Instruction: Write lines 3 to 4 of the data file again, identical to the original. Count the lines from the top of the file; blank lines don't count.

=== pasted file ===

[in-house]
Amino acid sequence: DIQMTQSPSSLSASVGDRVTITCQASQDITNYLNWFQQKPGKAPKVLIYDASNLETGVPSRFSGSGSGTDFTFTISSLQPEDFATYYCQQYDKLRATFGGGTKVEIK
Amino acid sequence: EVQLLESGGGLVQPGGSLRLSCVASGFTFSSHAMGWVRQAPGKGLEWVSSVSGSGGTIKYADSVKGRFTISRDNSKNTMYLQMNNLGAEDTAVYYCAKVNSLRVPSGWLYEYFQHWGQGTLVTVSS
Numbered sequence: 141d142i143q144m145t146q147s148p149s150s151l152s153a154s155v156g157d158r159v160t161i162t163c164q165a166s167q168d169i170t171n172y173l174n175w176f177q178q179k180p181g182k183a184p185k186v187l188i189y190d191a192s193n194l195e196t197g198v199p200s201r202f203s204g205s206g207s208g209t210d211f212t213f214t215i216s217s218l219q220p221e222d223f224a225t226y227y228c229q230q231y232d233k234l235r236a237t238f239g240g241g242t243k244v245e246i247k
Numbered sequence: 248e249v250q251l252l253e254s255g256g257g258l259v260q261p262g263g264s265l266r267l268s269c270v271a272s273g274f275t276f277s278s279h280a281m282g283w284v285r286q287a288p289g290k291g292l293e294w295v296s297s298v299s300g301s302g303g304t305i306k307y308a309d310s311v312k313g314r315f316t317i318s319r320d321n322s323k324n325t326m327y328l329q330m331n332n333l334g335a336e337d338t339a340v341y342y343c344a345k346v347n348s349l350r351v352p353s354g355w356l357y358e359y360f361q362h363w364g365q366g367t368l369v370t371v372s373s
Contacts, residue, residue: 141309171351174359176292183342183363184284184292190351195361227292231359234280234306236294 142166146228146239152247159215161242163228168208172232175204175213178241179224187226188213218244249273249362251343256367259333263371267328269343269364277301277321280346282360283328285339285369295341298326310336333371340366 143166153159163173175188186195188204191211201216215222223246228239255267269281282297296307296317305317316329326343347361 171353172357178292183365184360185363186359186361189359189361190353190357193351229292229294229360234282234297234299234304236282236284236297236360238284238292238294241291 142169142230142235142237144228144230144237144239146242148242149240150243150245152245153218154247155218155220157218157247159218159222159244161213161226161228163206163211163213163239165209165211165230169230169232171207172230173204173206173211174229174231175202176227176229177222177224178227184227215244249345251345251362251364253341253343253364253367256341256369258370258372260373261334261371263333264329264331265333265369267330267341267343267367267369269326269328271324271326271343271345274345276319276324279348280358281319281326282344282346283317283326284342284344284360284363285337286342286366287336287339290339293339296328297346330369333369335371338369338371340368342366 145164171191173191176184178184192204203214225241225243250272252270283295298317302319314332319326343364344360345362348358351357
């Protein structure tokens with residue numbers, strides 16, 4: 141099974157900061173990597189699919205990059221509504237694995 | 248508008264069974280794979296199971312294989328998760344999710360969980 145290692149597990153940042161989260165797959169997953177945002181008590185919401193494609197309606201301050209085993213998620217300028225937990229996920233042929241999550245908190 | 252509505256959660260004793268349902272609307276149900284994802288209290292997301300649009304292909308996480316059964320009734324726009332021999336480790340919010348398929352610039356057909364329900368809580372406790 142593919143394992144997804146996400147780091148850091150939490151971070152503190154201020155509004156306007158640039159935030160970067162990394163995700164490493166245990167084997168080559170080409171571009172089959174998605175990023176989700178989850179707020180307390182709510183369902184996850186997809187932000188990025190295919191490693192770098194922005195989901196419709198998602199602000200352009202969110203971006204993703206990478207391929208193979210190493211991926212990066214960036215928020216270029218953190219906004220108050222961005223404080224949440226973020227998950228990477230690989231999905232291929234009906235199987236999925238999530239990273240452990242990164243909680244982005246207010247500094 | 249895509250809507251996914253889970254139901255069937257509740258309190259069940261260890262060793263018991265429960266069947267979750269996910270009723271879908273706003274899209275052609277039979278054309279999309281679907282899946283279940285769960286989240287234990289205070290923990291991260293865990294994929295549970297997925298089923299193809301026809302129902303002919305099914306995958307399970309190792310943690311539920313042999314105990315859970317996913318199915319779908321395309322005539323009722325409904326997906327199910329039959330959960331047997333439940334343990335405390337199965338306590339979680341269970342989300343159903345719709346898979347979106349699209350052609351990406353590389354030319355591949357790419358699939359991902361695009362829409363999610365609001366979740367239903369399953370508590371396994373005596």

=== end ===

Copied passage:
Amino acid sequence: EVQLLESGGGLVQPGGSLRLSCVASGFTFSSHAMGWVRQAPGKGLEWVSSVSGSGGTIKYADSVKGRFTISRDNSKNTMYLQMNNLGAEDTAVYYCAKVNSLRVPSGWLYEYFQHWGQGTLVTVSS
Numbered sequence: 141d142i143q144m145t146q147s148p149s150s151l152s153a154s155v156g157d158r159v160t161i162t163c164q165a166s167q168d169i170t171n172y173l174n175w176f177q178q179k180p181g182k183a184p185k186v187l188i189y190d191a192s193n194l195e196t197g198v199p200s201r202f203s204g205s206g207s208g209t210d211f212t213f214t215i216s217s218l219q220p221e222d223f224a225t226y227y228c229q230q231y232d233k234l235r236a237t238f239g240g241g242t243k244v245e246i247k